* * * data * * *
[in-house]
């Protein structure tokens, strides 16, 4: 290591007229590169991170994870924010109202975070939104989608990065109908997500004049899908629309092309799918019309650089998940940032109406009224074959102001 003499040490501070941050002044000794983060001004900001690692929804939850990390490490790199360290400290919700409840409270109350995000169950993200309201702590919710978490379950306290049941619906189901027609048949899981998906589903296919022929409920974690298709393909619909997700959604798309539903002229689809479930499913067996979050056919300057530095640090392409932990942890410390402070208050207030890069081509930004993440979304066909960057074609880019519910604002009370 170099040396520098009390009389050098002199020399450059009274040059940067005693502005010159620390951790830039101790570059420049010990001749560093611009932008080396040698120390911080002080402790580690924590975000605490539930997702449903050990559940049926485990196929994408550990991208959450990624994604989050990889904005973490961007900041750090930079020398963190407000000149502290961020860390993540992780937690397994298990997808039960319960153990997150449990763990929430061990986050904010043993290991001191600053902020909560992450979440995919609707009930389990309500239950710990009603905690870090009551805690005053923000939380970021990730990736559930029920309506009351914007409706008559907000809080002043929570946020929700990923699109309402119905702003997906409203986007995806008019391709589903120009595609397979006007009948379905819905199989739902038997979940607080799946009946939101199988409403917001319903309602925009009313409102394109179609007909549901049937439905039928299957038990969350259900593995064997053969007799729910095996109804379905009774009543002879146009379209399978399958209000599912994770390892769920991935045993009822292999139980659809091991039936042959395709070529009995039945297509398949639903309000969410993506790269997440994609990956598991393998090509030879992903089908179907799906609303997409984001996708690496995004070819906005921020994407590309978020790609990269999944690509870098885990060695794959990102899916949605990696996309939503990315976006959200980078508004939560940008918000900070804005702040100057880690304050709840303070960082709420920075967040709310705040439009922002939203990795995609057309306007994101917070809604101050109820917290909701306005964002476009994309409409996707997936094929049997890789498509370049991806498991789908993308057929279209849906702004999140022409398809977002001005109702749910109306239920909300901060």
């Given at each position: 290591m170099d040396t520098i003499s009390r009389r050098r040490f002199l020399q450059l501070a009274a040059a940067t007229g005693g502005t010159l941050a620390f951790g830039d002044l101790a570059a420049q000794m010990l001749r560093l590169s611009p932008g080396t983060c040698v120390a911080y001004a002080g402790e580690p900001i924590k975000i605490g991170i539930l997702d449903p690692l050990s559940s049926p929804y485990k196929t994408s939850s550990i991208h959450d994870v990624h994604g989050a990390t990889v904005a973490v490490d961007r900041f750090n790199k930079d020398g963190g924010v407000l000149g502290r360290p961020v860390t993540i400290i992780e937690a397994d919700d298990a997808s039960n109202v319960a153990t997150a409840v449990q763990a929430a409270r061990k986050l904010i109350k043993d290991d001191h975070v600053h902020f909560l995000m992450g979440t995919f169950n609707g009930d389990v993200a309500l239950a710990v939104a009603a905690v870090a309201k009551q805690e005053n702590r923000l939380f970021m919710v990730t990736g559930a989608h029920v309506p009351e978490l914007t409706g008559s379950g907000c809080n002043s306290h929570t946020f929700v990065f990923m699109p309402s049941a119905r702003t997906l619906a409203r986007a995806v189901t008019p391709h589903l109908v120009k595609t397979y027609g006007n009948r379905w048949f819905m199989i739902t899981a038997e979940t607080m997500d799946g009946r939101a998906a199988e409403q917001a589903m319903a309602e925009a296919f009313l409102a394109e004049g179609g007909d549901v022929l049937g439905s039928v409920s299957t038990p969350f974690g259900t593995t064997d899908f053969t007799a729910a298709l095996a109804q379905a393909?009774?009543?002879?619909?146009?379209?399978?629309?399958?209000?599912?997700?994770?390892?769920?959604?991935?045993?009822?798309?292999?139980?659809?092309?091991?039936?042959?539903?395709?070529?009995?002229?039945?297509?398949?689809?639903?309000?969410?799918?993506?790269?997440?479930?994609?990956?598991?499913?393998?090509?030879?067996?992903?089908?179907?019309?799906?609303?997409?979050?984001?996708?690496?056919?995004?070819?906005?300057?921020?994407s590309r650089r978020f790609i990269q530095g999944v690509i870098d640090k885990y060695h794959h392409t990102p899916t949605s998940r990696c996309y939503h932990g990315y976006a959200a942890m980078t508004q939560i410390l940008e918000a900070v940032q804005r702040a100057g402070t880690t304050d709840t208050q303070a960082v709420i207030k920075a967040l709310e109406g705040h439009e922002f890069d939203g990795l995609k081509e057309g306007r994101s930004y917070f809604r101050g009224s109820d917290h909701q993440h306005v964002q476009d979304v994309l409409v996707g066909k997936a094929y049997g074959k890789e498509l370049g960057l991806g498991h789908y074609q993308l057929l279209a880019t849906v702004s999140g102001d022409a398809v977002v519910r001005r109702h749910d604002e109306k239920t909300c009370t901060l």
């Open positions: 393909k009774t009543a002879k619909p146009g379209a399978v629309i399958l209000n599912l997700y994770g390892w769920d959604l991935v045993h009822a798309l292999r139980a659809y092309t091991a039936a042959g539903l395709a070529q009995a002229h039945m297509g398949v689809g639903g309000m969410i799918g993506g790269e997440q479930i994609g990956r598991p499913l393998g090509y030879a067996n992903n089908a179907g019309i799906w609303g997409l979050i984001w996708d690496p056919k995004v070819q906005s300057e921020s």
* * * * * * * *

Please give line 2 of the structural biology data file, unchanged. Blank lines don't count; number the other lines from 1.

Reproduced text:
């Protein structure tokens, strides 16, 4: 290591007229590169991170994870924010109202975070939104989608990065109908997500004049899908629309092309799918019309650089998940940032109406009224074959102001 003499040490501070941050002044000794983060001004900001690692929804939850990390490490790199360290400290919700409840409270109350995000169950993200309201702590919710978490379950306290049941619906189901027609048949899981998906589903296919022929409920974690298709393909619909997700959604798309539903002229689809479930499913067996979050056919300057530095640090392409932990942890410390402070208050207030890069081509930004993440979304066909960057074609880019519910604002009370 170099040396520098009390009389050098002199020399450059009274040059940067005693502005010159620390951790830039101790570059420049010990001749560093611009932008080396040698120390911080002080402790580690924590975000605490539930997702449903050990559940049926485990196929994408550990991208959450990624994604989050990889904005973490961007900041750090930079020398963190407000000149502290961020860390993540992780937690397994298990997808039960319960153990997150449990763990929430061990986050904010043993290991001191600053902020909560992450979440995919609707009930389990309500239950710990009603905690870090009551805690005053923000939380970021990730990736559930029920309506009351914007409706008559907000809080002043929570946020929700990923699109309402119905702003997906409203986007995806008019391709589903120009595609397979006007009948379905819905199989739902038997979940607080799946009946939101199988409403917001319903309602925009009313409102394109179609007909549901049937439905039928299957038990969350259900593995064997053969007799729910095996109804379905009774009543002879146009379209399978399958209000599912994770390892769920991935045993009822292999139980659809091991039936042959395709070529009995039945297509398949639903309000969410993506790269997440994609990956598991393998090509030879992903089908179907799906609303997409984001996708690496995004070819906005921020994407590309978020790609990269999944690509870098885990060695794959990102899916949605990696996309939503990315976006959200980078508004939560940008918000900070804005702040100057880690304050709840303070960082709420920075967040709310705040439009922002939203990795995609057309306007994101917070809604101050109820917290909701306005964002476009994309409409996707997936094929049997890789498509370049991806498991789908993308057929279209849906702004999140022409398809977002001005109702749910109306239920909300901060």